Engine bay

Engine bay

MBC - maybe the first photo I've taken of it.

MBC - maybe the first photo I've taken of it.

Sticker book 2012!

Sticker book 2012!

Finally, a revlimiter.net sticker.

Finally, a revlimiter.net sticker.

And that’s it! A bunch of pretty pix. More stickers. More engine shots. More pretty.

But how the heck do the fans work?!?!

I’ve not had them in long enough to give a decent report. They’ve driven all of 50 miles. In the winter! That’s not much of a test. I’ll gather some data and post a short follow up in a couple months. So far, I’m really impressed. But I want some data!

I’ll report back.

– Update: 8/11/2014 –

Whoa, a long time passed between posting this and remembering to do an update.

These fans continue to be awesome. Thanks to their sucking power, I’m able to keep my A/C running, even on the hottest New Mexico day (116*F earlier this summer). EVEN with the tiny 37mm Koyo. Coolant temps never really go above 96*C. Usually they hover between 90*C and 94*C. (My Link reads in metric.)

Everything in Sharka’s cooling system is indeed working together to achieve that. The re-route, the fans, a very very well sealed and ducted mouth, and a functional radiator cap. If the ducting starts to open up or the radiator cap starts to get old, I see it on my ECU’s temperature readout. It’s a marginal system. However, that’s due to the tiny radiator that I make that statement. I really wish I’d bought the FM crossflow radiator instead of the Koyo.

So, that’s it. The fan kit gets the long-term revlimiter.net gold star of approval. I can’t find a single flaw and it has worked perfectly since installation.

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  • Dave says:

    Where can I get a revlimiter.net sticker?!

  • Billy T says:

    That does look like a very nice efan kit. I never really thought about the distance between the rad and fans but it makes perfect sense now.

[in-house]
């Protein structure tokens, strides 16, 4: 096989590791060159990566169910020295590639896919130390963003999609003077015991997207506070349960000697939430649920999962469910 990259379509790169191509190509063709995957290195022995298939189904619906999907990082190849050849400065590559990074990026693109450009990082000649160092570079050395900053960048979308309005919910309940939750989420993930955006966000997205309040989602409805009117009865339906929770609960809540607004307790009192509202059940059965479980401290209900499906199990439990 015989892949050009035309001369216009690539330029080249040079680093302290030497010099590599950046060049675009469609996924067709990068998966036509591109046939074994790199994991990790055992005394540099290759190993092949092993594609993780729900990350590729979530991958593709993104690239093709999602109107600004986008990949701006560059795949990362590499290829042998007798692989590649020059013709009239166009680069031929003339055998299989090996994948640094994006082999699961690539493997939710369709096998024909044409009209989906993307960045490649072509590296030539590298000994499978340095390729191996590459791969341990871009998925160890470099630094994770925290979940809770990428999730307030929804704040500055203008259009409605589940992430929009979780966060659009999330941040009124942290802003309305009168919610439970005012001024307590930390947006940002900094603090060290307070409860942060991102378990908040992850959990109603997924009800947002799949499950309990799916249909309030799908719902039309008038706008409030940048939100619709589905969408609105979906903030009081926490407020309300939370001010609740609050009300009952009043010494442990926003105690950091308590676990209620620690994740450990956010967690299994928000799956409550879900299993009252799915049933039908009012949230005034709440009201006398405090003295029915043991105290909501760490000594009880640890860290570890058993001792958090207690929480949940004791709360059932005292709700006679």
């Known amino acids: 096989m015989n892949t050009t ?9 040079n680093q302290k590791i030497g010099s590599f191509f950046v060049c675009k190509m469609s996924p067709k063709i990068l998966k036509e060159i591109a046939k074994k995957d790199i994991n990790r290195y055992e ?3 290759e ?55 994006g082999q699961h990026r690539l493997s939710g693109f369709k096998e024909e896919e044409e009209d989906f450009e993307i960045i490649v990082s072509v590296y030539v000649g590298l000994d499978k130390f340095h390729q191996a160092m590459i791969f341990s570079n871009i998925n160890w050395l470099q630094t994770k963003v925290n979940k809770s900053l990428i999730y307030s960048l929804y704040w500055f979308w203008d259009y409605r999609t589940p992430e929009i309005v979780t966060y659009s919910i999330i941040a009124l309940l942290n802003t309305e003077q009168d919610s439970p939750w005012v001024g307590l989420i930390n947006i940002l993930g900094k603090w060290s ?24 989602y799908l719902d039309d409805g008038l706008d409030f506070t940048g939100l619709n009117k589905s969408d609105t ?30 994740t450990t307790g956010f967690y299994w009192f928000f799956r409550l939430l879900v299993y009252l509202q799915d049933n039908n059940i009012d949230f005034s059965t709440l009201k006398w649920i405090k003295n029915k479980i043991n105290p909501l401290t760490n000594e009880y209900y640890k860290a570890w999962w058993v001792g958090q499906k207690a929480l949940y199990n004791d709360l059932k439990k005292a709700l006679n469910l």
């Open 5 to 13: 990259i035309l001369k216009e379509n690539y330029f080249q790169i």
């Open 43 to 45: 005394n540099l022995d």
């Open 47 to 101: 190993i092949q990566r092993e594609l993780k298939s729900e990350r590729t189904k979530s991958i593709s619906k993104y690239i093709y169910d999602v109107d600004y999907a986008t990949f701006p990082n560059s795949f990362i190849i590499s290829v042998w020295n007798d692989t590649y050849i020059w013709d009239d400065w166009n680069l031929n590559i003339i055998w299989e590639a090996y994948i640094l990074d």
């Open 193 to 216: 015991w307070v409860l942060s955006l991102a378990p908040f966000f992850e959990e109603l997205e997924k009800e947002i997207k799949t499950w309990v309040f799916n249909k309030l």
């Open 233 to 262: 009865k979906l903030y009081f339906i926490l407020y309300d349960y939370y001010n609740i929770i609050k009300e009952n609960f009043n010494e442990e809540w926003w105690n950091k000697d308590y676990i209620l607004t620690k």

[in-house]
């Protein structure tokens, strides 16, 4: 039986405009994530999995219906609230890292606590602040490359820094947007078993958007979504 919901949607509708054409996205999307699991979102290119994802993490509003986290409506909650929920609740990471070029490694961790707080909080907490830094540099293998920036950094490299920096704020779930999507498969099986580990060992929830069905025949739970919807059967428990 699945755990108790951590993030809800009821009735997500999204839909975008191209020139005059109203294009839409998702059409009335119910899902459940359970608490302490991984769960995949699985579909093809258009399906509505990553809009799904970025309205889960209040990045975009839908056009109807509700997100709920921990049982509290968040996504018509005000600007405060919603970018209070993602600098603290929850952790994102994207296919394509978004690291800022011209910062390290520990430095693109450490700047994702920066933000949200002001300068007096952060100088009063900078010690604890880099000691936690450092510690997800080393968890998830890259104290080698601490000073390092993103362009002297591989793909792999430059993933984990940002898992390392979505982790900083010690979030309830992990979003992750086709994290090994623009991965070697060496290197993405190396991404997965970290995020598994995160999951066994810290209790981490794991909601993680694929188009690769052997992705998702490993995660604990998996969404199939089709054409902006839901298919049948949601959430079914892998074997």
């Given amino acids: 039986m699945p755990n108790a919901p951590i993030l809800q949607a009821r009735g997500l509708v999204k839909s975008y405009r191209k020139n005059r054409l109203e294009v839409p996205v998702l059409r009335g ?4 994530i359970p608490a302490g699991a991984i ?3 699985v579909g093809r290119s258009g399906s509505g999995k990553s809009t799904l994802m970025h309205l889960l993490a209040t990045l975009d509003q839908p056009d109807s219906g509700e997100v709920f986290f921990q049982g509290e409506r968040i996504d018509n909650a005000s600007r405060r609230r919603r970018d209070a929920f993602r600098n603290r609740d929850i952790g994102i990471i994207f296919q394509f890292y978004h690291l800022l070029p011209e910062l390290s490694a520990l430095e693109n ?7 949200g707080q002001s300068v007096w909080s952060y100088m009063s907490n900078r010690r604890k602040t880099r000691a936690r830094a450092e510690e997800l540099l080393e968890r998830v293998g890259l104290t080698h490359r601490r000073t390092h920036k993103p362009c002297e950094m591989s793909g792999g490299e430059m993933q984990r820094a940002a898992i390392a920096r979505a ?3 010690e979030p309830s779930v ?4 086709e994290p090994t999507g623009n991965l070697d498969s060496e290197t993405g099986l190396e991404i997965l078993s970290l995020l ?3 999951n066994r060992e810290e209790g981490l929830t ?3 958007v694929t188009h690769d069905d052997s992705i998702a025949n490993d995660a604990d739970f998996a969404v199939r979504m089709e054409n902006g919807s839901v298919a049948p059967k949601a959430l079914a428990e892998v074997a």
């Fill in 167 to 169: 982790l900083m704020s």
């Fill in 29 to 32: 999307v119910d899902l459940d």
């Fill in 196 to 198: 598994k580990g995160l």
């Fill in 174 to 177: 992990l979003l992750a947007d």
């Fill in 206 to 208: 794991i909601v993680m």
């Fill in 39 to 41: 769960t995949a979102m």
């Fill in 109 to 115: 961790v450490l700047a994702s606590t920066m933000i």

I also agree with Dave where do I get one of those stickers?

    • Adam says:

      AND sealing up the corners with something. That’s also key to making a fan kit efficient. If it can suck air from around the radiator rather than through it, it will. Air is lazy.

      I need more stickers. 🙂

  • Remy says:

    So, way to go on another great read and awesome install.
    Hope it works well, if it does, might be worth my wile to do at the same time as a coolant reroute…

    The endless possibilities of miatae…

    • Adam says:

      FM suggests you remove the radiator to install the fans and shroud. And I agree. It was very easy. No wedging things in place or fighting with a/c hoses. If you’ve got your coolant system open, some fans would be an easy choice.

  • Gregg says:

    Adam, I’ve been looking at heat reflective tape for my FMII kit to keep things cooler. Try checking out some of the DEI stuff. I think you can get it in either gold or silver. It’s good to 500F continuous/2000F spikes. I’m guessing the adhesive will hold up much better than the aluminum-ized duct tape.

    • revlimiter says:

      The DEI stuff looks great. I’d love to line my firewall in that gold foil. Not that I have a need at this time, I just love how it looks. heh

      Thanks for the suggestion! I’d not thought about DEI’s heat barrier for this.

  • terry mccamie says:

    i too have the new fan kit.It is great and fixed my overheating problems in the HOT florida climate.I highly reccommend it to anyone in need of turbo cooling.

  • Rich says:

    nice writeup, are you able to get rid of that old thermostat neck all together with a freeze plug?

    • revlimiter says:

      Sure! The only reason I kept the thermostat neck is due to my turbo water lines. I’ve got the nice FM hard line upgrade. One of them plugs into the hard line. I could have easily extended the throttle body water line to connect, but… well… I didn’t think of it at the time.